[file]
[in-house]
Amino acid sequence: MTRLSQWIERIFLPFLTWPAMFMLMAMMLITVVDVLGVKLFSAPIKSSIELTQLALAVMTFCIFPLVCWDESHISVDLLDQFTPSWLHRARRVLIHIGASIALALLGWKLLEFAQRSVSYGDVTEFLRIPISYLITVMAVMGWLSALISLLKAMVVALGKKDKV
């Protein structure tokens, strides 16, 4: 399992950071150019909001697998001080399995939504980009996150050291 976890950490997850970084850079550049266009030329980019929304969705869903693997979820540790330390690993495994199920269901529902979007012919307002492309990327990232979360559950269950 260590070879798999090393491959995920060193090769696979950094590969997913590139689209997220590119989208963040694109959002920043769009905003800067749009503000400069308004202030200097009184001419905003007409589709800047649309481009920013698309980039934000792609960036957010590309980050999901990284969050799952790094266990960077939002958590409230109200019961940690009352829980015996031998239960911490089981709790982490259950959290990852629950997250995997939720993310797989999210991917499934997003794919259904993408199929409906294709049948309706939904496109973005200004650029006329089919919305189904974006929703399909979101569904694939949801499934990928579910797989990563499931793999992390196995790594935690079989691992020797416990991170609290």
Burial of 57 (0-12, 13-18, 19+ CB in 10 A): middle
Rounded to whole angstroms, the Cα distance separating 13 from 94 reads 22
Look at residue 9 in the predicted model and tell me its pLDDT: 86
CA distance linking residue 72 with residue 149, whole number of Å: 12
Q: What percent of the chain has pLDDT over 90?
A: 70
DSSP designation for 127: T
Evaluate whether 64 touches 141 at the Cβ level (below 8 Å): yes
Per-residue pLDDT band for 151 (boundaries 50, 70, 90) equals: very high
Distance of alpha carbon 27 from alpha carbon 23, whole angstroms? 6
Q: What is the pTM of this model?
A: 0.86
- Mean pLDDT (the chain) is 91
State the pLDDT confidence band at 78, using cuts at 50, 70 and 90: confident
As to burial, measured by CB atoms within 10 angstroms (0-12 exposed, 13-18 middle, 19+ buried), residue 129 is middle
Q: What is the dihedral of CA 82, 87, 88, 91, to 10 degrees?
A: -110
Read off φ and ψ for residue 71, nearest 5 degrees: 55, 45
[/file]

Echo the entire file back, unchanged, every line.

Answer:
[in-house]
Amino acid sequence: MTRLSQWIERIFLPFLTWPAMFMLMAMMLITVVDVLGVKLFSAPIKSSIELTQLALAVMTFCIFPLVCWDESHISVDLLDQFTPSWLHRARRVLIHIGASIALALLGWKLLEFAQRSVSYGDVTEFLRIPISYLITVMAVMGWLSALISLLKAMVVALGKKDKV
């Protein structure tokens, strides 16, 4: 399992950071150019909001697998001080399995939504980009996150050291 976890950490997850970084850079550049266009030329980019929304969705869903693997979820540790330390690993495994199920269901529902979007012919307002492309990327990232979360559950269950 260590070879798999090393491959995920060193090769696979950094590969997913590139689209997220590119989208963040694109959002920043769009905003800067749009503000400069308004202030200097009184001419905003007409589709800047649309481009920013698309980039934000792609960036957010590309980050999901990284969050799952790094266990960077939002958590409230109200019961940690009352829980015996031998239960911490089981709790982490259950959290990852629950997250995997939720993310797989999210991917499934997003794919259904993408199929409906294709049948309706939904496109973005200004650029006329089919919305189904974006929703399909979101569904694939949801499934990928579910797989990563499931793999992390196995790594935690079989691992020797416990991170609290």
Burial of 57 (0-12, 13-18, 19+ CB in 10 A): middle
Rounded to whole angstroms, the Cα distance separating 13 from 94 reads 22
Look at residue 9 in the predicted model and tell me its pLDDT: 86
CA distance linking residue 72 with residue 149, whole number of Å: 12
Q: What percent of the chain has pLDDT over 90?
A: 70
DSSP designation for 127: T
Evaluate whether 64 touches 141 at the Cβ level (below 8 Å): yes
Per-residue pLDDT band for 151 (boundaries 50, 70, 90) equals: very high
Distance of alpha carbon 27 from alpha carbon 23, whole angstroms? 6
Q: What is the pTM of this model?
A: 0.86
- Mean pLDDT (the chain) is 91
State the pLDDT confidence band at 78, using cuts at 50, 70 and 90: confident
As to burial, measured by CB atoms within 10 angstroms (0-12 exposed, 13-18 middle, 19+ buried), residue 129 is middle
Q: What is the dihedral of CA 82, 87, 88, 91, to 10 degrees?
A: -110
Read off φ and ψ for residue 71, nearest 5 degrees: 55, 45